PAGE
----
The Logset harvester range, which includes the 5H, 8H and 10H, can handle everything from thinning to clear cutting. In addition to promoting its harvesters at Elmia, the company also presented a wide range of harvester heads, including the launch of the 5L head with an additional package specially designed for energy wood harvesting. For Elmia, the 5L was fitted to a Kaiser excavator. Logset has gained extensive experience in excavator conversions since the mid 1990s.
The company’s Titan forwarders were also on display, including Logset’s largest model, the 18-tonne 10F. The large cabs in the Titan line provide the operator with a high degree of comfort and excellent ergonomics. In addition, the cabs are quiet, offer fully automatic climate control, and a low window line for improved operator visibility.
At the stand for Finnish tire manufacturer, Nokian, a new tire pressure monitoring system featuring an LED warning was on display. The LED flashes when tire pressure changes and an adjustment is needed. The company says the LED runs on battery power, but the battery is only used when the tire pressure drops and the LED is activated.
The LED is easy to use and operate and is installed with an anti-theft tool that is included with the kit. Before installing the LED, the tire needs to be inflated to the recommended value. Once installed, the Tire Pressure LED is calibrated and constantly monitors the tire pressure. If the LED starts to flash, you simply remove the LED with the anti-theft tool, adjust the tire pressure, and then reinstall the LED.
Nokian says the LED system eliminates the need for regular pressure checks, increases tire and tube lifespan and prevents tire damage due to under inflation.
A number of chipper/grinder manufacturers were on hand at the show, including Rotochopper Inc. from St. Martin, Minn. The company demonstrated its B66 mobile Rotochopper, which is larger than previous models and offers a bigger throat opening at 66 inches wide and 32 inches deep. The B66 is capable of processing a whole 32-inch-diameter tree: limb, leaf, branch and trunk. The B66 is also equipped with a larger engine with power up to 750 horsepower and features the “StopWatch” metal alert and diagnostic system, which will stop the grinder before it inhales large pieces of steel. The B66 also features baffled screens for fine-tuning product quality and texture, while the grind and colour system provides “Perfect In One Pass” mulch.
German materials handling equipment company Sennebogen had a full range of products on display at Elmia, including the 730M HD, which is ideally suited for the wood industry. For loading trucks or working in the mill yard, the 730M HD has a reach of 11 metres, and as part of the company’s “Green Line” it is designed for maximum productivity and performance.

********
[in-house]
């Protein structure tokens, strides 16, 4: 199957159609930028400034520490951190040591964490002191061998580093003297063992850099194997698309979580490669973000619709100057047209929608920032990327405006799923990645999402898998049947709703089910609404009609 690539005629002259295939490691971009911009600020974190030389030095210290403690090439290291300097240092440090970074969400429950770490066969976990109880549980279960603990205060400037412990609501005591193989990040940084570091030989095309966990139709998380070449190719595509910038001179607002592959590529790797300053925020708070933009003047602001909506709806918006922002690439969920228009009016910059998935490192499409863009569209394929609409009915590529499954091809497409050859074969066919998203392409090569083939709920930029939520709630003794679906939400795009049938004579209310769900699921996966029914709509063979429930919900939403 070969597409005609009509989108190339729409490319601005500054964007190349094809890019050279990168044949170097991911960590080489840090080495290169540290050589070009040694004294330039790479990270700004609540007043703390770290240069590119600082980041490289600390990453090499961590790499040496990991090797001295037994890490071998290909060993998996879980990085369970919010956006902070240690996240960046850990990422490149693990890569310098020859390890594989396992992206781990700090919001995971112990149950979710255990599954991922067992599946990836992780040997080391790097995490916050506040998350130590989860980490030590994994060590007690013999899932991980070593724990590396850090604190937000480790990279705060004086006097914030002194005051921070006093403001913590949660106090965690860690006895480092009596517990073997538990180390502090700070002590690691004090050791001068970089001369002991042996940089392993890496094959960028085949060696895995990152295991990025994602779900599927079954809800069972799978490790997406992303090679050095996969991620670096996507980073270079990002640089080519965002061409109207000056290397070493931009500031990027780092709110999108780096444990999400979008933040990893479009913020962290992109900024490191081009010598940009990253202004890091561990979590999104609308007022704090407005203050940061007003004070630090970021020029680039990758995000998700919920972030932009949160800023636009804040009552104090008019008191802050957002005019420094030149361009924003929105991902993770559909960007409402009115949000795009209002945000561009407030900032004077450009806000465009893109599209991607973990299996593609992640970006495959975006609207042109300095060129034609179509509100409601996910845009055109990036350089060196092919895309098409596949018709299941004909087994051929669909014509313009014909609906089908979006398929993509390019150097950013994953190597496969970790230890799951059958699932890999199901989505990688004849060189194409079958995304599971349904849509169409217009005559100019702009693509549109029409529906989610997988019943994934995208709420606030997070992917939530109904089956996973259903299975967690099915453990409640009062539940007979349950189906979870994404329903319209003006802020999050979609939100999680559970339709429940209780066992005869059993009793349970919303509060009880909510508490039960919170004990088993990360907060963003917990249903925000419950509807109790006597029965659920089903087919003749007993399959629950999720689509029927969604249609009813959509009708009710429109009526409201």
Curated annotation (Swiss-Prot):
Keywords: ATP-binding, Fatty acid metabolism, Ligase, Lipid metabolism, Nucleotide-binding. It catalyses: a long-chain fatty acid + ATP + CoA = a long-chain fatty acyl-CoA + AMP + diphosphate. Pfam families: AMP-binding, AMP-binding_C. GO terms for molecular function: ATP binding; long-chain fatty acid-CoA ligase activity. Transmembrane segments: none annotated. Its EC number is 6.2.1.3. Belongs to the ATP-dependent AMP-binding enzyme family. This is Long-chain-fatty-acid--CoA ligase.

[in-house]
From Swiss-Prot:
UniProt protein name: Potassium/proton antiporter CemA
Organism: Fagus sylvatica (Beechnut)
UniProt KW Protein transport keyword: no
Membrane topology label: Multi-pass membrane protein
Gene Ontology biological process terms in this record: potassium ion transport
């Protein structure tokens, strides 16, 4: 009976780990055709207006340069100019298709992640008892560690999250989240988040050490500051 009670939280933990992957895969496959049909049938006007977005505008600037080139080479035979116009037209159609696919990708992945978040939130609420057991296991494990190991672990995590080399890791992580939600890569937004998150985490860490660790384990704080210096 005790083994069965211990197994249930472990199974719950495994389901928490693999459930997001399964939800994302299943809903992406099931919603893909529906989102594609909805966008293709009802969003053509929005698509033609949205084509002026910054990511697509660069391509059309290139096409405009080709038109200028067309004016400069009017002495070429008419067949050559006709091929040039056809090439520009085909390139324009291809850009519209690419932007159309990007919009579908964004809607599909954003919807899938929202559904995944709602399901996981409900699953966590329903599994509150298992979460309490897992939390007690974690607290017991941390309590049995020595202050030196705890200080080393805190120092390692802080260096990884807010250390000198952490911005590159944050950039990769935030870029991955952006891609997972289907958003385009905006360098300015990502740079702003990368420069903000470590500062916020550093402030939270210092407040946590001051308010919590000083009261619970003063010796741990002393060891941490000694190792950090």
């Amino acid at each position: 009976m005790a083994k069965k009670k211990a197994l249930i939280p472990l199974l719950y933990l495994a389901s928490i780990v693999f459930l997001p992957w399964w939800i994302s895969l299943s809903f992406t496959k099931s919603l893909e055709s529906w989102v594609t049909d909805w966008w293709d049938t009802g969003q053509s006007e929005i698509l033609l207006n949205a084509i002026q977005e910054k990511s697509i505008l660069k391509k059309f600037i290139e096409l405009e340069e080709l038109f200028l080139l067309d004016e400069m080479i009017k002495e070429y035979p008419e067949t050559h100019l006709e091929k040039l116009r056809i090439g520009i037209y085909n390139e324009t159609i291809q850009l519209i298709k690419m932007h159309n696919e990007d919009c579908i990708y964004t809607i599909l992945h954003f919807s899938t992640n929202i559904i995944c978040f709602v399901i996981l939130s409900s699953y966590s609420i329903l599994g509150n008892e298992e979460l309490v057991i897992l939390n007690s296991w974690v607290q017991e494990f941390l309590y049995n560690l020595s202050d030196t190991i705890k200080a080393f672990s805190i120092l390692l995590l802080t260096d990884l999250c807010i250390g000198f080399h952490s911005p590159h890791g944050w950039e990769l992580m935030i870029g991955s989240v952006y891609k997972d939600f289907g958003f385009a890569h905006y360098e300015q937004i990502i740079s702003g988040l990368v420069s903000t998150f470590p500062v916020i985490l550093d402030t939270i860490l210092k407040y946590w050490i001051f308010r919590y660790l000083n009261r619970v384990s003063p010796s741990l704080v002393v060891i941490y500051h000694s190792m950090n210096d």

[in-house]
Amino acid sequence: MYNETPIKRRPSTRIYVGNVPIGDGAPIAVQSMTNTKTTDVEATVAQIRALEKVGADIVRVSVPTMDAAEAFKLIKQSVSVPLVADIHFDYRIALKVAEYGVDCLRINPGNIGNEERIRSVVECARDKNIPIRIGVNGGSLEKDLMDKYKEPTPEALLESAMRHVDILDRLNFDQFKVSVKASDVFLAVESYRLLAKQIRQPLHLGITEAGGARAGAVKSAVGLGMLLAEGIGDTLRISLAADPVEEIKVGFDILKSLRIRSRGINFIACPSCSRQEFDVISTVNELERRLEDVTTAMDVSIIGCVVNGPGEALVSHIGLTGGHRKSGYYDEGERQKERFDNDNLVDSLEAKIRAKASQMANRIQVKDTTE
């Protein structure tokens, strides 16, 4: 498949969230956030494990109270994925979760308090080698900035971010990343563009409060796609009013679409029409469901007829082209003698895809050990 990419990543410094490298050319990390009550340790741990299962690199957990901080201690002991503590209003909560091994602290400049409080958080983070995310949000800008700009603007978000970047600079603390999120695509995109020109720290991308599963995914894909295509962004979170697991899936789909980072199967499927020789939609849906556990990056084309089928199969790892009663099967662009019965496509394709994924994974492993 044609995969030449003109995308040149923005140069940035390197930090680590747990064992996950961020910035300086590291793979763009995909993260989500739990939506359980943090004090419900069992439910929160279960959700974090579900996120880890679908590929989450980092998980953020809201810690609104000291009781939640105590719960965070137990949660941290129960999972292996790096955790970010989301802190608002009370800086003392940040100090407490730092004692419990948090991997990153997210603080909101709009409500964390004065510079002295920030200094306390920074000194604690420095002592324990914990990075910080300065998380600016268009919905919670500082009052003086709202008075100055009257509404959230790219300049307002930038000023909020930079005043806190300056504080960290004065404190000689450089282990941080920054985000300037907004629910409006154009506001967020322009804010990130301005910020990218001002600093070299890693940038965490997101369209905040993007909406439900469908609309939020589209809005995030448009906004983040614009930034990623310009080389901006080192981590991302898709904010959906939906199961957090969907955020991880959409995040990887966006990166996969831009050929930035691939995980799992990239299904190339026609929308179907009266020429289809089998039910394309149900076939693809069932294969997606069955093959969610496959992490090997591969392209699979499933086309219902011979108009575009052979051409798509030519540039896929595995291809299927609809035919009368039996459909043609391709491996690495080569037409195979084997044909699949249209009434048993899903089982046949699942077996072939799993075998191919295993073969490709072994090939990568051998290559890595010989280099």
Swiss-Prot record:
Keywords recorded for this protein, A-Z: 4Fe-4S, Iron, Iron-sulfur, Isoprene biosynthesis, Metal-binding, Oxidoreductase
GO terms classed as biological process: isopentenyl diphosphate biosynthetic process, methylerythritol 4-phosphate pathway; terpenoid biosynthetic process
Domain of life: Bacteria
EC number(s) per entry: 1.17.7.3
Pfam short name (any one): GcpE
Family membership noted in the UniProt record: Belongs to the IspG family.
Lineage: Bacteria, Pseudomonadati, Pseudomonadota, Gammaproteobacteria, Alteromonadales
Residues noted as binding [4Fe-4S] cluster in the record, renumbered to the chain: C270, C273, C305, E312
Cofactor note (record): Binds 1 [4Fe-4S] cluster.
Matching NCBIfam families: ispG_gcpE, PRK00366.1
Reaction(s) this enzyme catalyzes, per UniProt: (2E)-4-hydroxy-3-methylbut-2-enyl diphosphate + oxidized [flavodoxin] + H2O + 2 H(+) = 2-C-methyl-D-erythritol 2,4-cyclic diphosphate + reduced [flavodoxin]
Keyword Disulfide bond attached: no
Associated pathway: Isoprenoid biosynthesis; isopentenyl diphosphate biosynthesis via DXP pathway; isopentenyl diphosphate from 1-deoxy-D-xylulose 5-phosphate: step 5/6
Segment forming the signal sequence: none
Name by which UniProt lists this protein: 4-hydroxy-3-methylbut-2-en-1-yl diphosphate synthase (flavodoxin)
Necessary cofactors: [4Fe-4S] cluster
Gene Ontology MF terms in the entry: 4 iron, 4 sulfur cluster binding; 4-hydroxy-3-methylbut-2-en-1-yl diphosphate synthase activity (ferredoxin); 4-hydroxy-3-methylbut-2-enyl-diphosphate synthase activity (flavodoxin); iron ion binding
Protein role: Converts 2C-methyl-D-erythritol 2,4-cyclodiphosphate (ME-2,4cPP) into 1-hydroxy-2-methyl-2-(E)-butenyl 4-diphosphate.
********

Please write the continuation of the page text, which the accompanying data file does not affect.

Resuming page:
There was a lot of interest at the Volvo stand as the company demonstrated the EI-forest F15 pre-series hybrid forwarder. EI-forest AB developed this machine with assistance from the Volvo Technology Transfer venture-capital company. Sveaskog, a publicly owned Swedish forest company, has been using a similar machine, labelled the F14, since March of this year. These machines are the world’s first forwarders to utilize electric-hybrid technology, which offers the possibility of reducing fuel consumption by 20-50%. This reduction in fuel consumption can also sharply reduce carbon-dioxide emissions.
The hybrid forwarders are lighter than a conventional forwarder of the same size, but can handle the same load. There is less impact on the forest environment due to a patented frame structure that enables all electric-driven wheels to follow the same track with adapted speed.
Volvo demonstrated a full range of products at Elmia, including equipment for road building, harvesting, transportation, material handling and biomass harvesting. An EC210C fitted with a stump harvesting attachment that can be used for biomass applications demonstrated the versatility of Volvo excavators in both construction and forestry applications.
More to Come
There’s just too much to cover from Elmia in this issue, so our coverage of the fair will continue in the next issue of Canadian Forest Industries. We will have more updates on what’s new from some of the large international companies to smaller manufacturers that offer everything from chipping equipment to processing heads. There’s a lot more news to come from John Deere, Tigercat, Rottne, Ponsse, Bracke Forest, Keto, LogMax and many more.